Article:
Naturally Haller saved his finest work for that chamber of horrors under the castle. It’s a huge, cavernous space, filled with the tools of the elder Medina’s trade, its walls adorned with hooded figures that call to mind both demons from hell and the real-life monsters of the Inquisition. As for that centrepiece of the titular pendulum? It’s absolutely marvellous in its elaborate grotesquery. With its victim strapped down on a huge raised platform and its 50-foot arc, it’s a massive contraption, slowly but surely lowering with each swing, making the anticipation of its blade almost more frightening than the impact itself.
The great Vincent Price is in his absolute element here, both as the troubled Nicholas and his monstrous father Sebastian. For ten most part he’s a broken man, plagued with guilt over his wife’s apparent death, while being haunted by his “depraved blood” and the memories of the evil he grew up around. Indeed, the hallucinatory flashback of him seeing his own mother being tortured to death by her husband is truly the stuff of nightmares and makes his fragile sanity all the more believable.
Price imbues his man with no small amount of pathos here, giving us a character who’s slow descent into madness feels like a tragedy more than anything else. He’s almost as much of a victim as any of the 1000 unfortunates who found themselves at the mercies of his father. Almost.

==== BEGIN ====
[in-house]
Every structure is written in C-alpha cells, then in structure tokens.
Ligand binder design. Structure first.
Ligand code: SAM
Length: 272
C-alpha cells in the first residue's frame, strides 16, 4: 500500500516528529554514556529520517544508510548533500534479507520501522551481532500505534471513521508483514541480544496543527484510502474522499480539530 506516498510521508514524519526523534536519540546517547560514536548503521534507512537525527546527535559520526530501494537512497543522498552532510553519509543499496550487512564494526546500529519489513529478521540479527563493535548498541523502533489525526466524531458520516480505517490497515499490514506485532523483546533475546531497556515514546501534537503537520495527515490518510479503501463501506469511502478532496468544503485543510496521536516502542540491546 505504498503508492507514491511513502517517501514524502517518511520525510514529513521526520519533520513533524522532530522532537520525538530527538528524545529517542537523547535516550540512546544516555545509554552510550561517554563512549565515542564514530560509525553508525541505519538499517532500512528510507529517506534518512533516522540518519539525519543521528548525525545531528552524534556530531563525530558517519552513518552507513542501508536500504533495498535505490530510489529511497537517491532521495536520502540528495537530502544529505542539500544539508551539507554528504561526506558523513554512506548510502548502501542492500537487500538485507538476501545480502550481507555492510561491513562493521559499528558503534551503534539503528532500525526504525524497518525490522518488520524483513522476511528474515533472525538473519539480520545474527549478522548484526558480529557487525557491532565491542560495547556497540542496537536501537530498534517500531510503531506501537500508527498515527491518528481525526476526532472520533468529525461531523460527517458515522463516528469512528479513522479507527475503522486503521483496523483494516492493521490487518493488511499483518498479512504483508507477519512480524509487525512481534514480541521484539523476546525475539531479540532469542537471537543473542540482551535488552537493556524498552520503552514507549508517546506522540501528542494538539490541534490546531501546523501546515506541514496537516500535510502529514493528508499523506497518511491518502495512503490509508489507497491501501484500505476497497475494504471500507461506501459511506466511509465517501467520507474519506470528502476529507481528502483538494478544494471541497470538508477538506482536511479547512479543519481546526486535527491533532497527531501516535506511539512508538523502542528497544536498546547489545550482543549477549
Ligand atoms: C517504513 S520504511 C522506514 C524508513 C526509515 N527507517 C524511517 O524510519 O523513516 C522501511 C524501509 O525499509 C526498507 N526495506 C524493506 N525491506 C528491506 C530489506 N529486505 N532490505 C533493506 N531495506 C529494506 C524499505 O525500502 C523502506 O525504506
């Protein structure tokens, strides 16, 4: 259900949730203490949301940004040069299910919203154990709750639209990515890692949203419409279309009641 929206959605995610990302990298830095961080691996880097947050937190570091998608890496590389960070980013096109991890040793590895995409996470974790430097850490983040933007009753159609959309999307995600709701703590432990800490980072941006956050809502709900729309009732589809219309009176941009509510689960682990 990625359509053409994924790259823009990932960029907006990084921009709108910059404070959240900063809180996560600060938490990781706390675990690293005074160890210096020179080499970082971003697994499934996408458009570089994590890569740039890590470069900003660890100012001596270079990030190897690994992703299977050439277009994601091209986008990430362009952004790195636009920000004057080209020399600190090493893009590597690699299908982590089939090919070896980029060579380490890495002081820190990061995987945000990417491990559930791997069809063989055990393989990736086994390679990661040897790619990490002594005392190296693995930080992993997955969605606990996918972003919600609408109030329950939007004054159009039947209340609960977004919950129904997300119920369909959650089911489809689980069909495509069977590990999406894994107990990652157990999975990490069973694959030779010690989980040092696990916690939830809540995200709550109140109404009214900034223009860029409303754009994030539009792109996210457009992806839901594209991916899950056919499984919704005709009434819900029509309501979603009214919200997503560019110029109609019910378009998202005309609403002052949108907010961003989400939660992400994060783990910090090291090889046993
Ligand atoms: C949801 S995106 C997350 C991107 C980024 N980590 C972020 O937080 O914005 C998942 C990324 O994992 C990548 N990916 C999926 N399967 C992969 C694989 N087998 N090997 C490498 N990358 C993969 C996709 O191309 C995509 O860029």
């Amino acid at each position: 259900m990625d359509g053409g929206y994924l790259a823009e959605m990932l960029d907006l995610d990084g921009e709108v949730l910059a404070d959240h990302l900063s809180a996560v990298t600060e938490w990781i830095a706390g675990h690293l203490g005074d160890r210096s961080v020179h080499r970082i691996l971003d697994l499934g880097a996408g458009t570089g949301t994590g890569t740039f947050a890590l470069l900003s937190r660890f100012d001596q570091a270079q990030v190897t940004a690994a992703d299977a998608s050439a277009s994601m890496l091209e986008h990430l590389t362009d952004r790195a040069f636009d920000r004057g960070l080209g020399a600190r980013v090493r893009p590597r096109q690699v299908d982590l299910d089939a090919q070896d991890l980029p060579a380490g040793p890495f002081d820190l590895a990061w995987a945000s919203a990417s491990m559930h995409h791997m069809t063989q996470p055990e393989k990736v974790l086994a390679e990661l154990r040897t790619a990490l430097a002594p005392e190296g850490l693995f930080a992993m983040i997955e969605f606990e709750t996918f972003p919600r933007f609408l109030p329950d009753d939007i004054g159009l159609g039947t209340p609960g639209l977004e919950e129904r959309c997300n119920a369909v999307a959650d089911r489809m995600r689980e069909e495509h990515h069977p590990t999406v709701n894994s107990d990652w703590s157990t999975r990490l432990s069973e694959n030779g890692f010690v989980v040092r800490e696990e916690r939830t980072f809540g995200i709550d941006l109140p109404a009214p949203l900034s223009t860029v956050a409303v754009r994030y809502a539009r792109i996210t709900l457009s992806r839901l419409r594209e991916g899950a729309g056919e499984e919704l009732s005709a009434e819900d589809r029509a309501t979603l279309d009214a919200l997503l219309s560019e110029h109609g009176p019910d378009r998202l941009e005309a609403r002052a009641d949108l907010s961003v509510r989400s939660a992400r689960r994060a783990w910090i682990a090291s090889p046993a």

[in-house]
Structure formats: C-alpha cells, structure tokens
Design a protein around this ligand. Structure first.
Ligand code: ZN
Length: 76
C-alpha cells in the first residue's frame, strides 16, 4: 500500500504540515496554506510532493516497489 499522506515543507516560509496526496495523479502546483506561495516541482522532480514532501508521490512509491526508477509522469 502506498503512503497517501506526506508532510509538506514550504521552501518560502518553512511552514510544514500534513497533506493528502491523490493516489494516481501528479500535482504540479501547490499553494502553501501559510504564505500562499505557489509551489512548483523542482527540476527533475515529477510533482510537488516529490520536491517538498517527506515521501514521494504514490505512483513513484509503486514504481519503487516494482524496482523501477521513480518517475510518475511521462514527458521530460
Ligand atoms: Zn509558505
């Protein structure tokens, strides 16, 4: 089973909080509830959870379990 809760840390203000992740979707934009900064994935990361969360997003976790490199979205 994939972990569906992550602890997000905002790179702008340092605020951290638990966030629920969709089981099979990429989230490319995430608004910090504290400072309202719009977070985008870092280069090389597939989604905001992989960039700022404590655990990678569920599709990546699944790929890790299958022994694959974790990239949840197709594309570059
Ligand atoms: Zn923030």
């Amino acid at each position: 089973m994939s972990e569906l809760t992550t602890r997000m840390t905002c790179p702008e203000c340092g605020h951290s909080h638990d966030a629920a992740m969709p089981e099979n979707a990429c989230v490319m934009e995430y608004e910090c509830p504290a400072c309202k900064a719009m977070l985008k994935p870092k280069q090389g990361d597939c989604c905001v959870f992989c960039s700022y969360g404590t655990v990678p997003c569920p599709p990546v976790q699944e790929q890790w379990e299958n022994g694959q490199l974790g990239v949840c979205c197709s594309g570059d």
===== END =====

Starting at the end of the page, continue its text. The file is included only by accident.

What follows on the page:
It’s when he is channeling Sebastian that Price really lets himself cut loose, though. The former Inquisitor is a holy terror, the blackest of villains and surely one of the most evil monsters Price ever brought to vivid, terrifying life. It’s an incredible performance, made all the more impressive by the relatively small amount of screen time he gets to make an impression with him. Of course, that jaw-dropping closing set-piece helps somewhat, but it’s a masterclass in horror acting nonetheless.
The remarkable Barbara Steele is equally arresting in her even-shorter screen time too. She’s as captivating a screen presence as ever, playing up her natural charisma as the duplicitous wife who’s plotting has graver consequences than anyone could have anticipated. Despite not having many lines, it’s a testament to her talents that she’s makes such an impression, particularly when acting opposite a Vincent Price in full flow and ensuring her wordless, horrified gaze that is the last thing we see hits home as hard as any horror we have seen previously.
As the supposed hero though, John Kerr is the one weak link here. There’s no real warmth to him, making it difficult to empathise with his situation as much as we should, while his delivery is perfunctory at best. It’s not a big thing, but he holds the film back from being the flawless classic it could have been.
It’s not far off that perfection though. The Pit And The Pendulum is an undoubted high-point in horror fiction and Roger Corman’s big-screen retelling is a fitting adaptation, expanding Poe’s story while losing none of his distinctive atmosphere and character.
Flawless? No. A classic? Most definitely.
The Writer of this piece was: Jules Boyle
Jules tweets from @Captain_Howdy